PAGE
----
Subspecialty Modules

Trainees may wish to train in more specialised areas of Stage 3 Special Interest Area (SIA) Pain

Further details of specialist areas in pain medicine are detailed on this page. The FPM is aware that some trainees are having difficulty in accessing some of these more specialised areas. We have therefore compiled a list of regions where these subspecialty modules are available. We would encourage trainees to pro-actively seek out these opportunities. 

Specialist areas in Pain Medicine

If you are interested in clinical or bioscience research and how this can translate in to new therapies and understanding of pain, then Academic Pain Medicine may be suitable for you. 

Pain Medicine as a medical specialty is in its infancy. The complex and multifactorial nature of pain perception provides the opportunity for a wide field of research including, but not exclusively the pathophysiology of pain; cognitive processes in pain; pain genomics; pain imaging; diagnostic tools; therapeutic approaches; pharmacotherapy; immunomodulation; interventional therapy and devices; and the biopsychosocial impact of pain. There continues to be a gap between pain research and clinical pain management with a significant role for translational pain research.

Formal academic training can be integrated into training programmes. In England, the National Institute for Health Research (NIHR) provide a research career pathway for clinicians through the NIHR Integrated Academic Training (IAT) programme for Doctors and Dentists, funding an academic training scheme for trainee doctors that span the whole of their training. For Scotland, the Scottish Clinical Research Excellence Development Scheme (SCREDS) provides a similar integrated training pathway enabling training for academic clinicians. In Northern Ireland, research training will be part of the Health Research Board Irish Clinical Academic Training (ICAT) Programme, an all-Ireland national programme for clinician scientists based at six major Irish universities and their affiliated hospital groups. In Wales, this is through the Wales Clinical Academic Track (WCAT) fellowship programme. Formal academic research training can also be through University higher degree courses such as a MD and PhD. Exposure to research experience can be gained through local institutional or regional research fellowships, and trainee network projects.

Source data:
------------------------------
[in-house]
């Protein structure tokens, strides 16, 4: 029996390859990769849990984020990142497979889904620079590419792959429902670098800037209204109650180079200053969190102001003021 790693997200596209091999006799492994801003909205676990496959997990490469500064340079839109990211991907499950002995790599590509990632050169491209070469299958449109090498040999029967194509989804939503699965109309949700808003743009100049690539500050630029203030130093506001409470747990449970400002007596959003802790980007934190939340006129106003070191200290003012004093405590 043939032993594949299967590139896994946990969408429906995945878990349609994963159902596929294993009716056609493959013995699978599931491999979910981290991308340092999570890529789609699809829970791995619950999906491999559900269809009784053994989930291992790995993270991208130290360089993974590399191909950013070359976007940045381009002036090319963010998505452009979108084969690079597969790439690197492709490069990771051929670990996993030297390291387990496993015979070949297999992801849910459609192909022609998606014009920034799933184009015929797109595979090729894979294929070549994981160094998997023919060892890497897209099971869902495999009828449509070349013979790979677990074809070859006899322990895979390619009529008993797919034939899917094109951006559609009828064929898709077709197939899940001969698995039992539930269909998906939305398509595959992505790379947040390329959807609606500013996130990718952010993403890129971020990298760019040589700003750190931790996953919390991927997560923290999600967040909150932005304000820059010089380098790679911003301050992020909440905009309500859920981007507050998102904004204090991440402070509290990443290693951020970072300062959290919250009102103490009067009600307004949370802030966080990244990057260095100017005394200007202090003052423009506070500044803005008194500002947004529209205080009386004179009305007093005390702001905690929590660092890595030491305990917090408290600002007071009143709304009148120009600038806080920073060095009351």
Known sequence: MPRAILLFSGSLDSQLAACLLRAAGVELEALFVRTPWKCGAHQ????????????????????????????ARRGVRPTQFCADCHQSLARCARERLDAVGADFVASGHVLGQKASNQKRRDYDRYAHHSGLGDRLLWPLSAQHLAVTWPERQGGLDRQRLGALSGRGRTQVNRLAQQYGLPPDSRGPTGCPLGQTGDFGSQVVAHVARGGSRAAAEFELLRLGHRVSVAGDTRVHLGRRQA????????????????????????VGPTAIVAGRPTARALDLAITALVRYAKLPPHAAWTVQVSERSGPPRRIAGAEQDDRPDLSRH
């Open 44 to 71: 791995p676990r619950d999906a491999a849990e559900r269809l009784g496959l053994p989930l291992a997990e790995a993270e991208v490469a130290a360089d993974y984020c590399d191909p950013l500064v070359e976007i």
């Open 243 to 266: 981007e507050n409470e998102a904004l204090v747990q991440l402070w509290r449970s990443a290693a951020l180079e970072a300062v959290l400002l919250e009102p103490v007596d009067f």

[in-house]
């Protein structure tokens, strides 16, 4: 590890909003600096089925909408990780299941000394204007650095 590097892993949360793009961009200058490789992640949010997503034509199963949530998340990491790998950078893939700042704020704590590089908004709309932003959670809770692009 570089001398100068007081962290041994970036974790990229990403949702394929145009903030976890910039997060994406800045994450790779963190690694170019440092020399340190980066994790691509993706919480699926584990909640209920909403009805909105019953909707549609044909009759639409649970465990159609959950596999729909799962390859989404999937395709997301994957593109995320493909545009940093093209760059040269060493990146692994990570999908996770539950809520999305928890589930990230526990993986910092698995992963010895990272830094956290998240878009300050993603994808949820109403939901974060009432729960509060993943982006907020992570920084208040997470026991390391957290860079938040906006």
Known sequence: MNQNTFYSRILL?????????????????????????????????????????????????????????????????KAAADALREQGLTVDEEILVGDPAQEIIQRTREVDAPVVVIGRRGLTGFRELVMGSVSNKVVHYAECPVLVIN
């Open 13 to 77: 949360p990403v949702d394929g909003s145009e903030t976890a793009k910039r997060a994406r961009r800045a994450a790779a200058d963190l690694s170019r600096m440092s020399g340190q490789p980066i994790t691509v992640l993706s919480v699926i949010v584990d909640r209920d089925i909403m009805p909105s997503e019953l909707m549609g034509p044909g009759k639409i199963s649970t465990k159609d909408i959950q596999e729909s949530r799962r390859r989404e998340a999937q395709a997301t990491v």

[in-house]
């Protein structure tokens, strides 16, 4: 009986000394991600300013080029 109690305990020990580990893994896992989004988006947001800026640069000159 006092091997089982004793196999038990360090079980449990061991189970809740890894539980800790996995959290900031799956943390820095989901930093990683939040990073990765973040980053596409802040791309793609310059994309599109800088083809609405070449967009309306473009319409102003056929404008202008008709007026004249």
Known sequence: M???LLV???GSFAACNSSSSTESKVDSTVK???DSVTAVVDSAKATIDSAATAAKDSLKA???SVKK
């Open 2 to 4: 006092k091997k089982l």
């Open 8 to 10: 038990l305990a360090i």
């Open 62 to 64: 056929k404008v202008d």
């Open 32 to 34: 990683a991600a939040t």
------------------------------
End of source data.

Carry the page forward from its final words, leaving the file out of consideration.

The prevalence of pain within a hospital’s patient population is high at any given time. Pain Medicine doctors have and important role within the inpatient pain team working closely with highly specialised nurses to support clinical staff caring for surgical and medical patients requiring specialist pain advice and interventions. The development of new techniques and enhanced recovery pathways provides the opportunity to improve patients’ experience of pain through their perioperative journey with an increased focus on early intervention and the prevention of chronic pain.